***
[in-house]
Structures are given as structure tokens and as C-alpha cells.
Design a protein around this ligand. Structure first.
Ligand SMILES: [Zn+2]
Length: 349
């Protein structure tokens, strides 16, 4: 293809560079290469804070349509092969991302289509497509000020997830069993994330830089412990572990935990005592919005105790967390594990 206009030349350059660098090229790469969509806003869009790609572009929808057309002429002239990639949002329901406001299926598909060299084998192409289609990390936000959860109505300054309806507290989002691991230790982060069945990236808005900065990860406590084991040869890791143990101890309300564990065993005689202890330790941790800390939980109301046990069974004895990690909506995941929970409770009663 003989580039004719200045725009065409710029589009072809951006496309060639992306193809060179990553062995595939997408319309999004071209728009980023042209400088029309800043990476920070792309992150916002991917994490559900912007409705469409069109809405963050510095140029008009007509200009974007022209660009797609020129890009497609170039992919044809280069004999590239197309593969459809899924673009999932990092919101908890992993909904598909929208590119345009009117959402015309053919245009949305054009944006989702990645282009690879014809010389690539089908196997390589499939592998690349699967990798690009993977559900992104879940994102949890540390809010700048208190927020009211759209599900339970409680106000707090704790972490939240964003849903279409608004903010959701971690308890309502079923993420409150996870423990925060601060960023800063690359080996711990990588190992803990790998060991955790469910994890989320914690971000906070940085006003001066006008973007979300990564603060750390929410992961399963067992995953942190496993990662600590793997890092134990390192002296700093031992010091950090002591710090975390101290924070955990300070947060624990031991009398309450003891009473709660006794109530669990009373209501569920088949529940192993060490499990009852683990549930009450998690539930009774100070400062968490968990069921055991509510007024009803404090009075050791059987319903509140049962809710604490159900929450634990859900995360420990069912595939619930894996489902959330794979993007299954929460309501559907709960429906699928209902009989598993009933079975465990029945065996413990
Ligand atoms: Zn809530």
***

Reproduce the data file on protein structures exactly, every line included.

[in-house]
Structures are given as structure tokens and as C-alpha cells.
Design a protein around this ligand. Structure first.
Ligand SMILES: [Zn+2]
Length: 349
């Protein structure tokens, strides 16, 4: 293809560079290469804070349509092969991302289509497509000020997830069993994330830089412990572990935990005592919005105790967390594990 206009030349350059660098090229790469969509806003869009790609572009929808057309002429002239990639949002329901406001299926598909060299084998192409289609990390936000959860109505300054309806507290989002691991230790982060069945990236808005900065990860406590084991040869890791143990101890309300564990065993005689202890330790941790800390939980109301046990069974004895990690909506995941929970409770009663 003989580039004719200045725009065409710029589009072809951006496309060639992306193809060179990553062995595939997408319309999004071209728009980023042209400088029309800043990476920070792309992150916002991917994490559900912007409705469409069109809405963050510095140029008009007509200009974007022209660009797609020129890009497609170039992919044809280069004999590239197309593969459809899924673009999932990092919101908890992993909904598909929208590119345009009117959402015309053919245009949305054009944006989702990645282009690879014809010389690539089908196997390589499939592998690349699967990798690009993977559900992104879940994102949890540390809010700048208190927020009211759209599900339970409680106000707090704790972490939240964003849903279409608004903010959701971690308890309502079923993420409150996870423990925060601060960023800063690359080996711990990588190992803990790998060991955790469910994890989320914690971000906070940085006003001066006008973007979300990564603060750390929410992961399963067992995953942190496993990662600590793997890092134990390192002296700093031992010091950090002591710090975390101290924070955990300070947060624990031991009398309450003891009473709660006794109530669990009373209501569920088949529940192993060490499990009852683990549930009450998690539930009774100070400062968490968990069921055991509510007024009803404090009075050791059987319903509140049962809710604490159900929450634990859900995360420990069912595939619930894996489902959330794979993007299954929460309501559907709960429906699928209902009989598993009933079975465990029945065996413990
Ligand atoms: Zn809530």